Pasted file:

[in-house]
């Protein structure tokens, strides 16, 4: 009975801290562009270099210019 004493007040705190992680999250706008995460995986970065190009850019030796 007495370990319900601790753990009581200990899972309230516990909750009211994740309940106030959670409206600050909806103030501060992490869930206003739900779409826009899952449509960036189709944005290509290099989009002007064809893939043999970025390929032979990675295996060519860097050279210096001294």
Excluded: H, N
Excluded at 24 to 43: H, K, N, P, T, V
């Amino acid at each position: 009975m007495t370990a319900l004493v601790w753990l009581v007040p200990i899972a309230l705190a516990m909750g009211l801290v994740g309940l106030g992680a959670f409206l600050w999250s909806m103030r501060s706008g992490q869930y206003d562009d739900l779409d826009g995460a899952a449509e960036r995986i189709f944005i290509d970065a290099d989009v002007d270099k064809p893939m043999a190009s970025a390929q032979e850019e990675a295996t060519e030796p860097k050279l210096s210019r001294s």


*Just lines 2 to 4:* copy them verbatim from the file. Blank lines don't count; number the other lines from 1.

């Protein structure tokens, strides 16, 4: 009975801290562009270099210019 004493007040705190992680999250706008995460995986970065190009850019030796 007495370990319900601790753990009581200990899972309230516990909750009211994740309940106030959670409206600050909806103030501060992490869930206003739900779409826009899952449509960036189709944005290509290099989009002007064809893939043999970025390929032979990675295996060519860097050279210096001294």
Excluded: H, N
Excluded at 24 to 43: H, K, N, P, T, V